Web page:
For my last building feature in New York in this series, I feature the Roosa-Van Deusen House on Hurley’s Main Street village of old stone homes. This house dates to 1744 and was built upon land owned by Jan Alderts Roosa, who emigrated to New Netherland (New York) with his family on the Spotted Cow in 1660, when he was 14 years old. The house was likely built by Jan Van Deusen (Jan Roosa’s grandson), a blacksmith who worked in town. The Van Deusen House famously became the capital building of New York when in 1777, the newly formed New York state government moved here for two months while Kingston was being rebuilt after the British Army had burned it in retaliation for the creation of the state. It is thus the second of the state’s three capital cities, the present, Albany, being the third.
Built circa 1780, this old stone house is fairly new compared to some of its neighbors (it was built after the Revolution). The land upon which the house sits was originally owned by Anthony de Hooges and his wife Eva. It was purchased by Conrad Elmendorf, who likely built the home after the War. and handed down to his great-grandson Col. Jonathan Elmendorf who served in the War of 1812. The property is now home to the Hurley Historical Society, which host an Old Stone House Tour every year.
One of my favorite houses in Hurley is the Dumond House (also known as the “Spy House”), a pre-Revolutionary stone cottage built in Dutch traditions. The house is one and one-half stories high, and is built of limestone. The limestone walls are of various thickness, from a nearby quarry, with the square ends laid up in mortar made of clay, and pointed with lime mortar outside. The house was built by Jacobus Van Etten (1696-1779) and used as a Guard House during the American Revolution. In 1777, it was famous for housing the convicted British spy, Lt. Daniel Taylor after he was caught carrying a message between British Generals Henry Clinton and John Burgoyne. Lt. Taylor was arrested as a British spy, convicted in court of spying and held in the basement of the Du Mond House as a prisoner. He was hung on October 18, 1777 from a nearby tree. American soldiers encamped in the area were paraded by the body as a warning to any potential British sympathizers. The home was later owned by the Dumond Family. It has been owned by the Kent family since 1933.
Another of Hurley’s stone houses is this beauty, known as the Polly Crispel Cottage. The house was built before the American Revolution c.1700 by an Anthony Crispell, a cordwainer. The home was likely a half cape in form with the door and two windows to its right. The other half was added at a lower level later on with the floors uneven, likely in 1735 where a construction date plaque read. The home also features a dutch door, which I wish we had more of in New England.
From about 1670 to 1801, the villagers of Hurley were associated with the Kingston Reformed Church, about three miles away. In those years, the minister of the Kingston Church met with the Hurley parishioners at least once every six weeks and conducted a Sunday service in one of the local homes. In 1801, they grew tired of not having their own place of worship, and they petitioned to establish their own church in Hurley, and succeeded. The original church building was a large, single room, stone building that seated over 250 people on the main floor and in three galleries around the side and back walls. A tall steeple atop the building boasted a large brass globe surmounted by a wrought iron weathervane in the shape of a crowing rooster. A large crack in the building was unrepairable and the structure began to shift, leading to its replacement with the current building in 1854. The old white church has been occupied by the congregation ever since.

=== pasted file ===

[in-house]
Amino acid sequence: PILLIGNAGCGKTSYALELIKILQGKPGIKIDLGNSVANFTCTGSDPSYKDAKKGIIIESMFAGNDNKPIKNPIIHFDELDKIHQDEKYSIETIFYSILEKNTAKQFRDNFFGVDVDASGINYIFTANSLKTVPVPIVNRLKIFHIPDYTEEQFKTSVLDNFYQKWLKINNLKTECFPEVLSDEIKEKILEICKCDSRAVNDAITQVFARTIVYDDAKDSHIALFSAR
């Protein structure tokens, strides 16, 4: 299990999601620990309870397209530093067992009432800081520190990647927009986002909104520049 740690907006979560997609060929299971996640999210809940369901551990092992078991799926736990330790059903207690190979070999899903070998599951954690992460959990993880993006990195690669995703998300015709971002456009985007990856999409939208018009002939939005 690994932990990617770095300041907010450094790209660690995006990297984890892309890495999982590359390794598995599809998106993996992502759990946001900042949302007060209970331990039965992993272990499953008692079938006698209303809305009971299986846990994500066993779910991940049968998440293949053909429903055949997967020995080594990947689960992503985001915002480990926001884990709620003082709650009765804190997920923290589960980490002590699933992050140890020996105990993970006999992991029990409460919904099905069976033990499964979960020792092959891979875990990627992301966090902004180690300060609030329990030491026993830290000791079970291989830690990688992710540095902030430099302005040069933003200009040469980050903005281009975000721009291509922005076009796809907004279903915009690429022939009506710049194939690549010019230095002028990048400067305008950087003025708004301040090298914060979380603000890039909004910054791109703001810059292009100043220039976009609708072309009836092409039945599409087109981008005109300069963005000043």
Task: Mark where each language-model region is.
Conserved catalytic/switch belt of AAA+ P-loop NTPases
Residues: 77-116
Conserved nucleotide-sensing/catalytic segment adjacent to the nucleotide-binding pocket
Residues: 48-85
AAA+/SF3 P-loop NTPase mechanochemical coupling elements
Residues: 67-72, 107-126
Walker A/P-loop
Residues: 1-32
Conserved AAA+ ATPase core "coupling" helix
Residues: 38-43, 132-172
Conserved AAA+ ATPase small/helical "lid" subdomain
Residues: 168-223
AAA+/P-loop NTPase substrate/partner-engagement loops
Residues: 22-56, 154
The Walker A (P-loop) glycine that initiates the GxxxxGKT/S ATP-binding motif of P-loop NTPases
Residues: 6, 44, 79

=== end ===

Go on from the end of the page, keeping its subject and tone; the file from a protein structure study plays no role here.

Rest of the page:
As the Elmendorf family put its roots down in Hurley, Ulster County, New York, the descendants built stone houses as a nod to their ancestors of Dutch heritage, following those building traditions. This five-bay stone house was built around 1789 and is a vernacular Federal home with Dutch and English building influence. The property exhibits shed dormers and a Colonial Revival portico, but exudes 18th century charm.
When Pieter Ostrander settled in Hurley, NY with his family in the late 1600s. Being of Dutch descent, he (and other settlers) built their homes and barns in Dutch traditions. This lot along the village’s main street was acquired by Pieter and inherited by his son, Arent in about 1710, about the time the home is estimated to have been built. It was acquired by the Elmendorf Family by the early 19th century. At that time, the property operated as the Half Moon Tavern, after Petrus Elmendorf purchased it in 1804. The addition to the east (right) was built as a weaving room. The property remained in the Elmendorf family until 2008 (that’s almost 300 years in two families!) It was acquired by the new owner who has been restoring and researching the home ever since. He runs a blog documenting the property’s rich history.